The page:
By Richard Winters
My Rating: 1 out of 10
4-Word Review: Signing-up bra models.
T. B. Dumore (Nicholas Saunders) is the aging owner of the Beaver Bra Company who’s finding that consumer interests in their product is waning, so he comes-up with what he feels is a ‘can’t-miss’ campaign, which entails them bringing-in 5 world famous women, including the President’s daughter (played by Teresa Ganzel in her film debut) to model their bras in their new ads. Albert Zack (Chris Lemmon), the company’s advertising salesmen, is commissioned to seek out the women and get them signed to a contract. Albert feels the task is monumental, but uses the help of Holly (Olivia Pascal), a beautiful German woman that he meets as he travels the globe to find the 5 women, to help him do it.
This film was directed by Chuck Vincent, who gained notoriety in the 70’s for directing a lot of X-rated fare, but decided to break into mainstream movies in an attempt to list a more ‘respectable’ product on his resume. His first stab at ‘legit’ filmmaking was American Tickler, a slap-dash, skit oriented parody of the current hit movies of the 70’s that was universally derided by both critics and audiences alike. This feature marked his second go at ‘legit’ that fared even worse and sent him pretty much back to porn making where he was slightly better until dying at the young age of 51 from AIDS in 1991.
At least with the porn flicks they had some redeeming value, namely helping those get-off while this movie offers nothing. To call the humor mind-numbingly lame would be an understatement, but the plot, which is incredibly stupid to begin with, goes nowhere and filled with a lot of cheap unimaginative gags that wouldn’t impress a 4-year-old. There isn’t even any nudity, a little bit, but not as much as you’d expect making you wonder what exactly was the audience that they were aiming for as the insipid comedy alone was clearly not going to cut-it.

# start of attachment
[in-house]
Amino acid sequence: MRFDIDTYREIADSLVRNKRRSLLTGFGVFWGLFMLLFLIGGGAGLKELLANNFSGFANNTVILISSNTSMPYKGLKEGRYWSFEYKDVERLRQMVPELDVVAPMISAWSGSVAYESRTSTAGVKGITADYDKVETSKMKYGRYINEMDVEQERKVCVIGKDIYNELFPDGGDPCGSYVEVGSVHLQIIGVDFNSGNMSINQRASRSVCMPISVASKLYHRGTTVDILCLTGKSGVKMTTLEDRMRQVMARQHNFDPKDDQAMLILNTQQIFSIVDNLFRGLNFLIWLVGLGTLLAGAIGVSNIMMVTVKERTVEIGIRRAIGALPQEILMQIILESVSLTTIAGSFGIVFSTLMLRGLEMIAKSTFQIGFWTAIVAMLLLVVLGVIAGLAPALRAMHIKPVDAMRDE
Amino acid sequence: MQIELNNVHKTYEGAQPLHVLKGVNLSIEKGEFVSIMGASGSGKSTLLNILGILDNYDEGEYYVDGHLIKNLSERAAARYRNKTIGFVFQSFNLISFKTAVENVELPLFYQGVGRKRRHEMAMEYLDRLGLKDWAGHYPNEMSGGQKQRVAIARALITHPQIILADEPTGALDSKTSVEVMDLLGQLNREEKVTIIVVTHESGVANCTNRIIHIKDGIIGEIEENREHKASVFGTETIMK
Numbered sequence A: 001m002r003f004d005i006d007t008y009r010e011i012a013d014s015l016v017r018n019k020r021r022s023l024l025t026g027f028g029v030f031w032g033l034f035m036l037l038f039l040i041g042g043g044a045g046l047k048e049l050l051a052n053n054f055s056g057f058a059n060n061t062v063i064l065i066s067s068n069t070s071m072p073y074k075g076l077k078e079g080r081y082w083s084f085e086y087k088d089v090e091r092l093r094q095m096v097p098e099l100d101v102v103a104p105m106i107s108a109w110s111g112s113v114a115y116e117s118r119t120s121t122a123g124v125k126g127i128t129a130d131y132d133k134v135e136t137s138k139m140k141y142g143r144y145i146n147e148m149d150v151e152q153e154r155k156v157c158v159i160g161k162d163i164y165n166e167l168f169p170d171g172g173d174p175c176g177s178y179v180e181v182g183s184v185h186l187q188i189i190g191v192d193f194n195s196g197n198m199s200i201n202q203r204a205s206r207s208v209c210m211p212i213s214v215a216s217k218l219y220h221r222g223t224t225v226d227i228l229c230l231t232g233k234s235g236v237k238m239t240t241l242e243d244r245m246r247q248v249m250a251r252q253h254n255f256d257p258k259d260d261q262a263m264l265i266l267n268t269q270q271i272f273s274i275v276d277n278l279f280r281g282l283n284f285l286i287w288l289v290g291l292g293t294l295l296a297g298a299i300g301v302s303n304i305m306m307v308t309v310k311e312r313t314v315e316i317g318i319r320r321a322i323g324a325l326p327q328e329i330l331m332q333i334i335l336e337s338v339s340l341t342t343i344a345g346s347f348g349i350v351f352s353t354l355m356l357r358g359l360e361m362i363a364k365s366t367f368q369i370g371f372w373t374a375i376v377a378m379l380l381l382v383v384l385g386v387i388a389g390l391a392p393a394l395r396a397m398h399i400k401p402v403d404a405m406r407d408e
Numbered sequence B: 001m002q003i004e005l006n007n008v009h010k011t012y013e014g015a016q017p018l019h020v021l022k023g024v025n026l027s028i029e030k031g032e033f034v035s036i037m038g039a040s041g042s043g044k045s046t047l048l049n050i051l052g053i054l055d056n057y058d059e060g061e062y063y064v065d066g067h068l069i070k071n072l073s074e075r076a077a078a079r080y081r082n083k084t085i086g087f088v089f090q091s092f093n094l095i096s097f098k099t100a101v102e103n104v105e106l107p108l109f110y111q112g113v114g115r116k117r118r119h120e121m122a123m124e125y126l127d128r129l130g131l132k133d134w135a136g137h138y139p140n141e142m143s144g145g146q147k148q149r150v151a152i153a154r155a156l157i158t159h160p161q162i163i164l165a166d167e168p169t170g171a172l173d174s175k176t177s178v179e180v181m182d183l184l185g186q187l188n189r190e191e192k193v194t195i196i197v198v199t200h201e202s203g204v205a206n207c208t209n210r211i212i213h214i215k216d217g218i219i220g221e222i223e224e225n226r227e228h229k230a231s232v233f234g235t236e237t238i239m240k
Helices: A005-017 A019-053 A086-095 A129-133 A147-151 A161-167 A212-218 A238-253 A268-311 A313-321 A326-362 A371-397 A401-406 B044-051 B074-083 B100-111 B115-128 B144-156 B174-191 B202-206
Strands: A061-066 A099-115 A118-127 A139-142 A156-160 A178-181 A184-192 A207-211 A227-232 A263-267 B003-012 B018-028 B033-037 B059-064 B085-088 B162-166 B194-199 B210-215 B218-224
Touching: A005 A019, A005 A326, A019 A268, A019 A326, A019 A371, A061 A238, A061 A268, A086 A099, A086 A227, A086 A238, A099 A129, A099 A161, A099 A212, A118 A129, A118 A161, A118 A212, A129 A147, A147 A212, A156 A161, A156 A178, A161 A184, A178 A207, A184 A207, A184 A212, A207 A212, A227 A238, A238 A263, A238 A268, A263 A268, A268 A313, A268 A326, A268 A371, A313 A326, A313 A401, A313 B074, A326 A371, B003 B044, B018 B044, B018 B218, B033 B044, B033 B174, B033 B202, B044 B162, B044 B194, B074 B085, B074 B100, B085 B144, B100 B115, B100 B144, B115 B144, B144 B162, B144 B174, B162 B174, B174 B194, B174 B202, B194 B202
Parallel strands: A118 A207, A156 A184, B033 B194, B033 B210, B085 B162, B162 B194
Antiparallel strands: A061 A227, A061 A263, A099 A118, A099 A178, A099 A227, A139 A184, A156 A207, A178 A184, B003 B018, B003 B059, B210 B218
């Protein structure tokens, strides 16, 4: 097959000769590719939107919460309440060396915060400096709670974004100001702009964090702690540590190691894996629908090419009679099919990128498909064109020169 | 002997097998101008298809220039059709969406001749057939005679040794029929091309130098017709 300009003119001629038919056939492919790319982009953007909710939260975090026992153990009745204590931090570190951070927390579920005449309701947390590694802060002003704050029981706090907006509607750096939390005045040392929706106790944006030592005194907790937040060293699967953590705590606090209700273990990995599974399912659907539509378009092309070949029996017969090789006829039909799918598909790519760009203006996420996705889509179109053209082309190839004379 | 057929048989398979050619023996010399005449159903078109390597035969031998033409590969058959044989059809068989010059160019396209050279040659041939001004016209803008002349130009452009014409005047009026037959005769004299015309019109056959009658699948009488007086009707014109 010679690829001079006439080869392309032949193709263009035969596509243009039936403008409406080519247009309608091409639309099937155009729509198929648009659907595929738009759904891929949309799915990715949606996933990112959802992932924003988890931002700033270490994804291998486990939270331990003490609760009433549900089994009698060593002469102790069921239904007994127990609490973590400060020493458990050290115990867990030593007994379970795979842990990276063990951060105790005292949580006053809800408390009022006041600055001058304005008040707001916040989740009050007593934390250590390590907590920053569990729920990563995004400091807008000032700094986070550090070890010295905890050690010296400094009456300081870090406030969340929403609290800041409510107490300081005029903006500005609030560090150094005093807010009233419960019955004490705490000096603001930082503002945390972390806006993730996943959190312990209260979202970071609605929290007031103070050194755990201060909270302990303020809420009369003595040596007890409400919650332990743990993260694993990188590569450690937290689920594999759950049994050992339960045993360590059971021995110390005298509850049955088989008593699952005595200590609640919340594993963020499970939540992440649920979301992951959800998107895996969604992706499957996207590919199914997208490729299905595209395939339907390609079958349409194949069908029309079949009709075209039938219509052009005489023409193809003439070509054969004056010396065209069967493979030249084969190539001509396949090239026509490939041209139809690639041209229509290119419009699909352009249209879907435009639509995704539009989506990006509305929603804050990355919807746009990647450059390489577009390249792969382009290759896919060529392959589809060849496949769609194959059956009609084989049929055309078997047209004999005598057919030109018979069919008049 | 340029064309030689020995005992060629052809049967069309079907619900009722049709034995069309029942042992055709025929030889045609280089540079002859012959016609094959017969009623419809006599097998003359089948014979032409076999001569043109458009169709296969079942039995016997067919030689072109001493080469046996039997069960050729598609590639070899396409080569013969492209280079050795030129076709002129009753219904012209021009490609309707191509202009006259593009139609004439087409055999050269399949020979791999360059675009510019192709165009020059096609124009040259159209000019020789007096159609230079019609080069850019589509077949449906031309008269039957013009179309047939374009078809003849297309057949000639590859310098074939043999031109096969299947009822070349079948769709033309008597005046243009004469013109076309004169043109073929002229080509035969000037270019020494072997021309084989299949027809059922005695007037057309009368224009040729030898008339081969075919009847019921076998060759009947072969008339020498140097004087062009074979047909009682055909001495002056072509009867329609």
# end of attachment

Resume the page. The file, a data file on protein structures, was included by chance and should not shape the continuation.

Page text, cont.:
Chris Lemmon, the son of the far more famous Jack Lemmon, is the one who should be really embarrassed. His father prodded him to become a professional pianist, of which he’s apparently quite good at, but Chris wanted to follow in his father’s foot steps and get into acting. Some children of famous stars, like Michael Douglas, the son of Kirk, can end up having a flourishing career of their own, but Chris’ was nothing to write-home-about mainly because of being in cheap-o stuff like this making me believe his dad knew what he was talking about when he prodded him to stick with the piano playing. It’s not like his acting is bad, he resembles his father with a fuller head of hair, but the material gives him little to work with.
Unbelievably there are a few scenes that had me chuckling a little. The best one is where a guest at an upscale dinner party is forced to fight with a live lobster on his plate because Lemmon, who was pretending to be a gourmet cook, didn’t have the heart to kill it, which had potential, but needed to be played-up more. Everything else though falls flat. Had they approached it in a satirical vein, or had a synopsis that people could actually relate to, then maybe, but playing it as an unrestrained farce that nobody asked for is a dismal failure that’s best left at the bottom of the forgotten movie vault shelf.
Alternate Title: SNAP!
My Rating: 1 out of 10
Release: July 3, 1981
Runtime: 1 Hour 36 Minutes
Director: Chuck Vincent
Studio: Metro Film